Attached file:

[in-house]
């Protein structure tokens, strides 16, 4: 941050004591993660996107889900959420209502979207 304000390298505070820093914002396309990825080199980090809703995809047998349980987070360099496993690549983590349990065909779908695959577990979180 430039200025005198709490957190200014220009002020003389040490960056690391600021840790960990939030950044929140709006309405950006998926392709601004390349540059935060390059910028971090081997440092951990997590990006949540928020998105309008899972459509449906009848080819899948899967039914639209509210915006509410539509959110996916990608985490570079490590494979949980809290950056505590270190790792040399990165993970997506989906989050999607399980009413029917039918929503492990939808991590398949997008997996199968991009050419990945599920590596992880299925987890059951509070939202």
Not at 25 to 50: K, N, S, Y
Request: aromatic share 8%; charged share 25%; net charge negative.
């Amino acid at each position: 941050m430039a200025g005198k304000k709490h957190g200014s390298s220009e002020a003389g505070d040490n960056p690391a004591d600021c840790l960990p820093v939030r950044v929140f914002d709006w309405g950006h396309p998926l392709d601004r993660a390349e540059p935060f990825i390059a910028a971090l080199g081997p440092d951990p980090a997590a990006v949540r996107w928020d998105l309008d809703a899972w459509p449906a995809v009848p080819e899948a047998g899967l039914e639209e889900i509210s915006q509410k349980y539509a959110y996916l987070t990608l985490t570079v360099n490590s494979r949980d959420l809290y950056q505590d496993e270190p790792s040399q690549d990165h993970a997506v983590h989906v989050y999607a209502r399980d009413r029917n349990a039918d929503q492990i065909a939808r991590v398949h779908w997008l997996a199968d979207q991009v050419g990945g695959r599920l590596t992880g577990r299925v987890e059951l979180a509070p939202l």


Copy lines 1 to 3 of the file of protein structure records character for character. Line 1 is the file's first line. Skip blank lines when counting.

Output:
[in-house]
């Protein structure tokens, strides 16, 4: 941050004591993660996107889900959420209502979207 304000390298505070820093914002396309990825080199980090809703995809047998349980987070360099496993690549983590349990065909779908695959577990979180 430039200025005198709490957190200014220009002020003389040490960056690391600021840790960990939030950044929140709006309405950006998926392709601004390349540059935060390059910028971090081997440092951990997590990006949540928020998105309008899972459509449906009848080819899948899967039914639209509210915006509410539509959110996916990608985490570079490590494979949980809290950056505590270190790792040399990165993970997506989906989050999607399980009413029917039918929503492990939808991590398949997008997996199968991009050419990945599920590596992880299925987890059951509070939202």
Not at 25 to 50: K, N, S, Y